16. I have next to my computer here a roll or cork, and sheets of felt purchased for pressure reduction purposes. The felt is way too porous. The cork is promising, but I would need to get thicker cork stock. I think woven fabrics would be too porous unless they are perhaps treated some way. But I'm not sure what that would be. Air is a funny thing. Molecules are so small, and air so "fluid" like that it will find and take advantage of any minute hole or passageway to go from one side to another. I think that is why Geoff above (comment #2) was asking about air passing around the edges. There may be more than I suspect. I have also considered porous wood stock (but that would be difficult to insert), and leather - the leather would need to be reinforced. Nevertheless, the cardboard stock is working well and has reduced the pressure/volume on the left side noticeably. The next step is to incrementally increase the pressure on the left side to correct level. Click on graph below. With cardboard stock, this is easy.
  17. Don, The baffle came from normal fibrous card board that I found in a print shop. I saw it there and just asked it I could have it This stock is slightly permeable to air. My test was to put it up to my mouth and try to breathe through it. Air past very very slowly, and with great difficulty. It is dense, indeed. I was OK with this because I figured that the large surface area would compensate. And further, I knew that the permeability could and would be adjusted. Just like the concertina reeds may be tuned by the manufacturer after they are installed, I feel pressure likewise needs to be adjusted once a duet concertina is assembled - at least these hybrids do! With this type of "baffle" (I actually think this is the wrong term for this); once the pressure is low on the left side, it is easy to increase it. One just wants to do this slowly, pinhole by pinhole., testing after each perforation. I can easily envision an adjustable pressure reducing baffle using a slider or diaphragm-like system which would allow more or less pressure depending upon its position. I have been thinking about this for a long time now And .... wouldn't be nice if this was adjustable from outside the concertina !! I can see it. I just hope someone will do it. PS, after more thought, I modified my graph above ... if interested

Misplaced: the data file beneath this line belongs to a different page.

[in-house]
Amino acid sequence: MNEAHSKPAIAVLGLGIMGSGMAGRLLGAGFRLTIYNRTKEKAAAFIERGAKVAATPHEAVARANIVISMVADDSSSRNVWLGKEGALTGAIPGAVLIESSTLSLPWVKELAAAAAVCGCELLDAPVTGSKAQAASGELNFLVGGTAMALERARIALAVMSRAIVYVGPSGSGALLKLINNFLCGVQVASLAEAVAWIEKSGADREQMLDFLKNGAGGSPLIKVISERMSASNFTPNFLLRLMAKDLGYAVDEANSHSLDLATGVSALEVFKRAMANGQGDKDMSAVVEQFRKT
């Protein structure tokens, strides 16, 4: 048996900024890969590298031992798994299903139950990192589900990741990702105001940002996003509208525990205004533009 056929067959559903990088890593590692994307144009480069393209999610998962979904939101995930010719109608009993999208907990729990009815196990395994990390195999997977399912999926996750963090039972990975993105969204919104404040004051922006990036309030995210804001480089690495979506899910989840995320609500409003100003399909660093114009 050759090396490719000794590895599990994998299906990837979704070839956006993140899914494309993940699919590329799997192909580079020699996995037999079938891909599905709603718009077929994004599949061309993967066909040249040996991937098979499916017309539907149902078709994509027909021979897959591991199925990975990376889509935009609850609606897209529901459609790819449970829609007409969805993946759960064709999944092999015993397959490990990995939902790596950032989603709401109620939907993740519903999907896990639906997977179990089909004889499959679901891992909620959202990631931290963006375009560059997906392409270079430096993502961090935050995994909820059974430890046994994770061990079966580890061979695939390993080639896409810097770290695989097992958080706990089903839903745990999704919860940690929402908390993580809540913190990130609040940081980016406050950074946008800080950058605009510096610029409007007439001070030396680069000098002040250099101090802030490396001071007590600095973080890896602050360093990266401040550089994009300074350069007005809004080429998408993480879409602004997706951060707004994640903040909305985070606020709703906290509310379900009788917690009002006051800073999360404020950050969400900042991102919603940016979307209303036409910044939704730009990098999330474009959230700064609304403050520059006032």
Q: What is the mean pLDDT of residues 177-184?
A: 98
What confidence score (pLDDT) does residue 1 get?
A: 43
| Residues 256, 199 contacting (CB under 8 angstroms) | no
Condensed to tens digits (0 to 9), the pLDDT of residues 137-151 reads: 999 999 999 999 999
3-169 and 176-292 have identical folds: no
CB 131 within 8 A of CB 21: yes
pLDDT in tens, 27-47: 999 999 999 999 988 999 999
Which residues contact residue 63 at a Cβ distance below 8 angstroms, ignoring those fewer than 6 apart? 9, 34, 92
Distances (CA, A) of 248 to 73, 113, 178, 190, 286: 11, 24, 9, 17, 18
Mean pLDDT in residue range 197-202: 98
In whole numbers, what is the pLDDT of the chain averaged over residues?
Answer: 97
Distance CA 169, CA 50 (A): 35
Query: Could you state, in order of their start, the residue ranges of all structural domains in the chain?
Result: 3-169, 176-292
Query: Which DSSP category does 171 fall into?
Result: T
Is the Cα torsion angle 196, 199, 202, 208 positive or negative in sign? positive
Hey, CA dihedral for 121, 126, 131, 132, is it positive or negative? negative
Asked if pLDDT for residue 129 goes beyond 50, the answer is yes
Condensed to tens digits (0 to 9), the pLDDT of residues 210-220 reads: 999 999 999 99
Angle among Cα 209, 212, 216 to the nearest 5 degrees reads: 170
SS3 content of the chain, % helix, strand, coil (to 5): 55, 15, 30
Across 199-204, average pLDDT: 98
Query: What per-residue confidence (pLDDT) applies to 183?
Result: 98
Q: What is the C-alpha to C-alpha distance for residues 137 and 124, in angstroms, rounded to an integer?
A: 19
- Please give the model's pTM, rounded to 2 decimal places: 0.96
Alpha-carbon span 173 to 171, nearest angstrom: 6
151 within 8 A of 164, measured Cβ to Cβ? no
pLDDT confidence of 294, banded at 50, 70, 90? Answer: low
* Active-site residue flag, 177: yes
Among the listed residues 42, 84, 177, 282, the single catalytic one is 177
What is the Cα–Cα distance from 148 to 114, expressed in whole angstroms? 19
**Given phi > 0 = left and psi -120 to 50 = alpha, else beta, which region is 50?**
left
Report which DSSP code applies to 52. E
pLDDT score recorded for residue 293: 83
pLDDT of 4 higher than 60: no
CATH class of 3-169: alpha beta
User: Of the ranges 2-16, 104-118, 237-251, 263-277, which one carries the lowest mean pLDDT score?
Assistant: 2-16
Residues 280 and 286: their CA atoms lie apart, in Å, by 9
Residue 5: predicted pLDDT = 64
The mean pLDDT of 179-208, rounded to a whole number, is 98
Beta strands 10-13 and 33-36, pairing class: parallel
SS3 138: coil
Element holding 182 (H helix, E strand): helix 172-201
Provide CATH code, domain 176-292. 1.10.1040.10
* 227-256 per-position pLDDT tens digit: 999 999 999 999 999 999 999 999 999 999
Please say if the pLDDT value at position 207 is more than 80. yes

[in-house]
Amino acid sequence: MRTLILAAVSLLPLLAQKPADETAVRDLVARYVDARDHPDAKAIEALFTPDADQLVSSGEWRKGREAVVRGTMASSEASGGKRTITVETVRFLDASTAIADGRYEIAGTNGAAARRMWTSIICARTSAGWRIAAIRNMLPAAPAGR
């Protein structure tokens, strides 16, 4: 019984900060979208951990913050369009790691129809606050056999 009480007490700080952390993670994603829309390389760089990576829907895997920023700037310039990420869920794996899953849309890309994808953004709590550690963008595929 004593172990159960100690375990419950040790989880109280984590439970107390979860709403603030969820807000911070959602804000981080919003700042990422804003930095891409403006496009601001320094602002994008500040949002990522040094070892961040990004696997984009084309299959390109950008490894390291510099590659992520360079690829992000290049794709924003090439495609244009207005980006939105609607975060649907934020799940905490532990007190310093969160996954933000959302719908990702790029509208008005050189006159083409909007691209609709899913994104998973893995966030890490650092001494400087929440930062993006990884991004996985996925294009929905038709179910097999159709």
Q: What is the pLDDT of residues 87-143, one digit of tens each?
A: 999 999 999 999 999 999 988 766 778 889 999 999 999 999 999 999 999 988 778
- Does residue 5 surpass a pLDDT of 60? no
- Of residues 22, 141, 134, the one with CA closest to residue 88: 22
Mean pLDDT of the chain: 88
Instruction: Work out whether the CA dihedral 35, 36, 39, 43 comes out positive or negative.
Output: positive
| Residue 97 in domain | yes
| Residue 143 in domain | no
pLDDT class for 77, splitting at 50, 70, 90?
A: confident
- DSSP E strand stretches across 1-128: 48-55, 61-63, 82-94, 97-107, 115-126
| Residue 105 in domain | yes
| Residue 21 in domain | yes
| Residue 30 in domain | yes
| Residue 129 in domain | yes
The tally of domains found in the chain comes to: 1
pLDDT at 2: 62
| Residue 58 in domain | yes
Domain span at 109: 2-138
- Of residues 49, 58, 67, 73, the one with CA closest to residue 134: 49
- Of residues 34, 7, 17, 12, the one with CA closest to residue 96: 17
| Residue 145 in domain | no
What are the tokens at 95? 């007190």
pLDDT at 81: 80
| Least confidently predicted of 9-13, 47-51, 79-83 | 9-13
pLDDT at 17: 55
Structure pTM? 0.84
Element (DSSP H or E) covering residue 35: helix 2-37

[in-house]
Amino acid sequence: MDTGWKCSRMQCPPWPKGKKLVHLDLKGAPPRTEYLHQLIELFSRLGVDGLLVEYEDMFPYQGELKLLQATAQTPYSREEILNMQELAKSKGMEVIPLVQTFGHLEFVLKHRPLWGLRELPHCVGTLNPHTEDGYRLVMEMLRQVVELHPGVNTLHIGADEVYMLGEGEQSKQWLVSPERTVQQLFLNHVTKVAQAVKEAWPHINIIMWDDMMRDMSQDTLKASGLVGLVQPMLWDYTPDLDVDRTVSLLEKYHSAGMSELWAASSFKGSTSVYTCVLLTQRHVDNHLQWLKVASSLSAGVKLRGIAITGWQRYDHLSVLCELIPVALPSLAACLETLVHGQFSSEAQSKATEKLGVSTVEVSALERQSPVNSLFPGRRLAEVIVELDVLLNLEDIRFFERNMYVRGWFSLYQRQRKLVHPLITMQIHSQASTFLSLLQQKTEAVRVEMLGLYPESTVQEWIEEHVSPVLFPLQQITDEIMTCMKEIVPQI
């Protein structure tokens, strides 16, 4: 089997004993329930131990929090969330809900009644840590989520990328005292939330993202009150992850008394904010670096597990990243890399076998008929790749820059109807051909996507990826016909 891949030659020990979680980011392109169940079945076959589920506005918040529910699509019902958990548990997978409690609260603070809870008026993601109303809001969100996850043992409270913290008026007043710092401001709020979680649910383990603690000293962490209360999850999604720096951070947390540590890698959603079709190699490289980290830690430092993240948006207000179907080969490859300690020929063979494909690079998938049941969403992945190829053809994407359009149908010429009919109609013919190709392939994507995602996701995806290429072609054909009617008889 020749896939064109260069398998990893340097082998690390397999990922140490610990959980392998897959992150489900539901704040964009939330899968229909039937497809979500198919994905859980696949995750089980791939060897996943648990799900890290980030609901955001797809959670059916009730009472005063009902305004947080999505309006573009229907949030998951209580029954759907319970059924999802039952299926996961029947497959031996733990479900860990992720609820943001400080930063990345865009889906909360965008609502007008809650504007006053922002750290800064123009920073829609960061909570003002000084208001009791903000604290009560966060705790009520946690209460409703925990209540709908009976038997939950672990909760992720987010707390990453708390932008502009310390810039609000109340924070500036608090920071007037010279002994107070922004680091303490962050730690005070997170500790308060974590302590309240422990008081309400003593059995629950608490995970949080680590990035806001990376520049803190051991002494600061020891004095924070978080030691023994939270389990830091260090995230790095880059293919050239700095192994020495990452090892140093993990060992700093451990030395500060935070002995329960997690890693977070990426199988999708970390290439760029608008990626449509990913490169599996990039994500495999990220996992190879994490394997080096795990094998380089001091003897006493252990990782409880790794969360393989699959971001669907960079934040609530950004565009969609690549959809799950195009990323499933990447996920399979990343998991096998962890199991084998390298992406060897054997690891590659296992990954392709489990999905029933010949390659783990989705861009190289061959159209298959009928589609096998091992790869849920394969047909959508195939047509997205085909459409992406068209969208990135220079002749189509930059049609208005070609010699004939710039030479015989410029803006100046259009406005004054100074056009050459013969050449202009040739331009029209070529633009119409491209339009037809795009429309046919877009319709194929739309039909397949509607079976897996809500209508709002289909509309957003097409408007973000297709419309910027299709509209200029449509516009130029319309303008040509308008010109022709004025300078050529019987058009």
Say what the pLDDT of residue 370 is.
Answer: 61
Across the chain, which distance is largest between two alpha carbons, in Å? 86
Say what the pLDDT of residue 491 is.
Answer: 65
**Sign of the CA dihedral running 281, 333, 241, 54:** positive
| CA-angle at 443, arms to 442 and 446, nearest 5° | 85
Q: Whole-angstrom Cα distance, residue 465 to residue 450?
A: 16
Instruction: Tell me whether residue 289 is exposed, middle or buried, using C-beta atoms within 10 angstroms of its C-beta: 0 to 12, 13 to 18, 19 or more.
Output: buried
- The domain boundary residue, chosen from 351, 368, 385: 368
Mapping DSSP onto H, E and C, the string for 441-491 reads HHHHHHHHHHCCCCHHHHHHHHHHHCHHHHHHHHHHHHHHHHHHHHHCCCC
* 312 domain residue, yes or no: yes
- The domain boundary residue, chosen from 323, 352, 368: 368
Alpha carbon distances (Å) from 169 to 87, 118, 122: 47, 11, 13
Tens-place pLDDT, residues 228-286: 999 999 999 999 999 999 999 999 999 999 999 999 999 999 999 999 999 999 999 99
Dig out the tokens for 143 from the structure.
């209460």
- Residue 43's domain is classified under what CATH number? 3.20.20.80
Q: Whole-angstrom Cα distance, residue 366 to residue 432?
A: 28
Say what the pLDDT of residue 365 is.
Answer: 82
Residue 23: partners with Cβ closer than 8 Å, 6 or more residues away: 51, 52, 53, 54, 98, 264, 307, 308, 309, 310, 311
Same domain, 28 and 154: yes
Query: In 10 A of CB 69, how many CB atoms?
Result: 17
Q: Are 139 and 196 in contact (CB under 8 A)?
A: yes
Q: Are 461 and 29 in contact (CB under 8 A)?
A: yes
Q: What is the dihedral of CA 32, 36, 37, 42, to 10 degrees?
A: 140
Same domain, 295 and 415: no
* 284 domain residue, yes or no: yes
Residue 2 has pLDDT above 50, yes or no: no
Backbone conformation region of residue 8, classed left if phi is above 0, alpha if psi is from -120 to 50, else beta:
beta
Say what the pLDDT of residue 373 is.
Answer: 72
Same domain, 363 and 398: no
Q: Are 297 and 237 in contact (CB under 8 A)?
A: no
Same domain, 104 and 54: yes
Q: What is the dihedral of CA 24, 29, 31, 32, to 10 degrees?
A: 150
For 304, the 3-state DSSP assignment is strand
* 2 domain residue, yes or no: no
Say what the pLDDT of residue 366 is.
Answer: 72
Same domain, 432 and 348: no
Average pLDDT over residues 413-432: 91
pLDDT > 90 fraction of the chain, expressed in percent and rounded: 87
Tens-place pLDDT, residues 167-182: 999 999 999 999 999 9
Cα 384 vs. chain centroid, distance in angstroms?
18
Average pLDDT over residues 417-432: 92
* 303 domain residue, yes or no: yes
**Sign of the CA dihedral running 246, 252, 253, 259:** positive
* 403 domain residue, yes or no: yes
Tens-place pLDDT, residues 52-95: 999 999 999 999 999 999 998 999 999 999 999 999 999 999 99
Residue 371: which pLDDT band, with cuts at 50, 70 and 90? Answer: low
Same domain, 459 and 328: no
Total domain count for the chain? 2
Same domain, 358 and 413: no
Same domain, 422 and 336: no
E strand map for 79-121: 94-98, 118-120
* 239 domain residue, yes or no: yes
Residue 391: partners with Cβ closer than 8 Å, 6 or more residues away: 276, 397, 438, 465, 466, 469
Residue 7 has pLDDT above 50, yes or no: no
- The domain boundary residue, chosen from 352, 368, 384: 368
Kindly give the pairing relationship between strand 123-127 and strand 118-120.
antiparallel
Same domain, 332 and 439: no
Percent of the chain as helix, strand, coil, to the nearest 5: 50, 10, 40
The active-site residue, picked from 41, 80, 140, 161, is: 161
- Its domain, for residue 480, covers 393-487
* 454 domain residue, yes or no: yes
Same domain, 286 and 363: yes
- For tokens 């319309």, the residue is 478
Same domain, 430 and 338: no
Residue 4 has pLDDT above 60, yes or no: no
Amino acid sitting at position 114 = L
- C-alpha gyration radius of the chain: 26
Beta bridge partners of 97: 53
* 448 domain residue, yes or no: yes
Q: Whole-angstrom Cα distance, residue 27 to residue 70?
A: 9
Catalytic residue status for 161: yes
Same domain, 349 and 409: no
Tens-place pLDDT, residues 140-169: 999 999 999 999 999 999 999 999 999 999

18. The small dowels press the baffle against the bellows frame. In addition to keeping them away from the reeds, it also minimizes peripheral leakage. So I imagine, peripheral leakage is minimal. The cardboard stock is porous. Before I choose the cardboard, I checked to make sure that air would pass, but pass with difficulty. If the baffle creates more resistance, then the pressure and volume difference between the two sides would be greater. If the baffle creates less resistance then the difference in the pressure and volume would be reduced. Below is put together a hypothetical graph of what I imagine is happening. Yes, the bass reeds are slower to sound if I use the same bellows pressure as I did before. To compensate, I apply a little more bellows pressure, and the bass reeds sound; and the treble reeds sing with even greater intensity. So, the greater the resistance, the greater the difference in volume of the two sides. I mentioned that I will play it as is for awhile before making the baffle a little more porous. I don't want to make a mistake, but I can see already that there will be a "sweet spot" where the volume difference between the left and right side will be optimal, at a particular acceptable bellows pressue. Graph2.pdf